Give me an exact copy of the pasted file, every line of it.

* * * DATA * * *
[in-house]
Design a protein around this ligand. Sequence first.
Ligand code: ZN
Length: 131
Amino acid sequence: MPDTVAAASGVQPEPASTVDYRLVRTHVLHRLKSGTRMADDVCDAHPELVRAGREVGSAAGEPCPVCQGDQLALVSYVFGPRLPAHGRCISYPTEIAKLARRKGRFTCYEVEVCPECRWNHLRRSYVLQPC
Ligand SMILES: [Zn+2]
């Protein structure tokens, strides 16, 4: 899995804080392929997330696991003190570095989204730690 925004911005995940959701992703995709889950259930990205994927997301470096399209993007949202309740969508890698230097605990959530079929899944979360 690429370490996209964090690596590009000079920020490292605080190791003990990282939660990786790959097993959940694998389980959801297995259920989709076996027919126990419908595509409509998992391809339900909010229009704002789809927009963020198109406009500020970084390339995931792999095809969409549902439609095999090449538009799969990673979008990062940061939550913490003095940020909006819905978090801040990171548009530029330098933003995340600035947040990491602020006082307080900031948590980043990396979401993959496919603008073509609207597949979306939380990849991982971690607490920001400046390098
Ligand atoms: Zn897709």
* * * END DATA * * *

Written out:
[in-house]
Design a protein around this ligand. Sequence first.
Ligand code: ZN
Length: 131
Amino acid sequence: MPDTVAAASGVQPEPASTVDYRLVRTHVLHRLKSGTRMADDVCDAHPELVRAGREVGSAAGEPCPVCQGDQLALVSYVFGPRLPAHGRCISYPTEIAKLARRKGRFTCYEVEVCPECRWNHLRRSYVLQPC
Ligand SMILES: [Zn+2]
């Protein structure tokens, strides 16, 4: 899995804080392929997330696991003190570095989204730690 925004911005995940959701992703995709889950259930990205994927997301470096399209993007949202309740969508890698230097605990959530079929899944979360 690429370490996209964090690596590009000079920020490292605080190791003990990282939660990786790959097993959940694998389980959801297995259920989709076996027919126990419908595509409509998992391809339900909010229009704002789809927009963020198109406009500020970084390339995931792999095809969409549902439609095999090449538009799969990673979008990062940061939550913490003095940020909006819905978090801040990171548009530029330098933003995340600035947040990491602020006082307080900031948590980043990396979401993959496919603008073509609207597949979306939380990849991982971690607490920001400046390098
Ligand atoms: Zn897709």